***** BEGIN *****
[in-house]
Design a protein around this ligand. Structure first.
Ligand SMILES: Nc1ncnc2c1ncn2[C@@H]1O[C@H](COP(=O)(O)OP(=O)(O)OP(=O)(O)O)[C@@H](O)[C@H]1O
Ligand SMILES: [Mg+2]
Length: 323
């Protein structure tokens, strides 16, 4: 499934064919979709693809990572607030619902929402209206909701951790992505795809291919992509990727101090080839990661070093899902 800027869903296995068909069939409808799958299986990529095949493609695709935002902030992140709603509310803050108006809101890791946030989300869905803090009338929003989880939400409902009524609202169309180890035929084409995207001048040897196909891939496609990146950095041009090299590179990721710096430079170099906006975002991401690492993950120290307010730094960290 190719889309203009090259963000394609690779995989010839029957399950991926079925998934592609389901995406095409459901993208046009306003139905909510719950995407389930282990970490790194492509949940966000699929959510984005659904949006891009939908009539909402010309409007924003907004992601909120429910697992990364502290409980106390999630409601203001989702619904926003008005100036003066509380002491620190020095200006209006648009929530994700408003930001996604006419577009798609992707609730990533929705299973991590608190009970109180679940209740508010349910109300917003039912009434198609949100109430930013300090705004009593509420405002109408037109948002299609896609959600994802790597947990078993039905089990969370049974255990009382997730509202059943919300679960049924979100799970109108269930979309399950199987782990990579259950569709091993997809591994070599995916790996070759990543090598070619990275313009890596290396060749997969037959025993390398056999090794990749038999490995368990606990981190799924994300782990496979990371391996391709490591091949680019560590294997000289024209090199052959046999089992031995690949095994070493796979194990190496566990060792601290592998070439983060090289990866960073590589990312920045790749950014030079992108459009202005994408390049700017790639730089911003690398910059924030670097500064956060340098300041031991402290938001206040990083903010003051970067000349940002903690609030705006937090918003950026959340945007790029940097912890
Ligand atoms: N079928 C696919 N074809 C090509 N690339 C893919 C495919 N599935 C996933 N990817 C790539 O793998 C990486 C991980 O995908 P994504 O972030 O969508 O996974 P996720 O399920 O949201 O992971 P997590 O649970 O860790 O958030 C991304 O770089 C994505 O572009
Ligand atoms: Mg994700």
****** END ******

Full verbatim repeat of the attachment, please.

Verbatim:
[in-house]
Design a protein around this ligand. Structure first.
Ligand SMILES: Nc1ncnc2c1ncn2[C@@H]1O[C@H](COP(=O)(O)OP(=O)(O)OP(=O)(O)O)[C@@H](O)[C@H]1O
Ligand SMILES: [Mg+2]
Length: 323
């Protein structure tokens, strides 16, 4: 499934064919979709693809990572607030619902929402209206909701951790992505795809291919992509990727101090080839990661070093899902 800027869903296995068909069939409808799958299986990529095949493609695709935002902030992140709603509310803050108006809101890791946030989300869905803090009338929003989880939400409902009524609202169309180890035929084409995207001048040897196909891939496609990146950095041009090299590179990721710096430079170099906006975002991401690492993950120290307010730094960290 190719889309203009090259963000394609690779995989010839029957399950991926079925998934592609389901995406095409459901993208046009306003139905909510719950995407389930282990970490790194492509949940966000699929959510984005659904949006891009939908009539909402010309409007924003907004992601909120429910697992990364502290409980106390999630409601203001989702619904926003008005100036003066509380002491620190020095200006209006648009929530994700408003930001996604006419577009798609992707609730990533929705299973991590608190009970109180679940209740508010349910109300917003039912009434198609949100109430930013300090705004009593509420405002109408037109948002299609896609959600994802790597947990078993039905089990969370049974255990009382997730509202059943919300679960049924979100799970109108269930979309399950199987782990990579259950569709091993997809591994070599995916790996070759990543090598070619990275313009890596290396060749997969037959025993390398056999090794990749038999490995368990606990981190799924994300782990496979990371391996391709490591091949680019560590294997000289024209090199052959046999089992031995690949095994070493796979194990190496566990060792601290592998070439983060090289990866960073590589990312920045790749950014030079992108459009202005994408390049700017790639730089911003690398910059924030670097500064956060340098300041031991402290938001206040990083903010003051970067000349940002903690609030705006937090918003950026959340945007790029940097912890
Ligand atoms: N079928 C696919 N074809 C090509 N690339 C893919 C495919 N599935 C996933 N990817 C790539 O793998 C990486 C991980 O995908 P994504 O972030 O969508 O996974 P996720 O399920 O949201 O992971 P997590 O649970 O860790 O958030 C991304 O770089 C994505 O572009
Ligand atoms: Mg994700």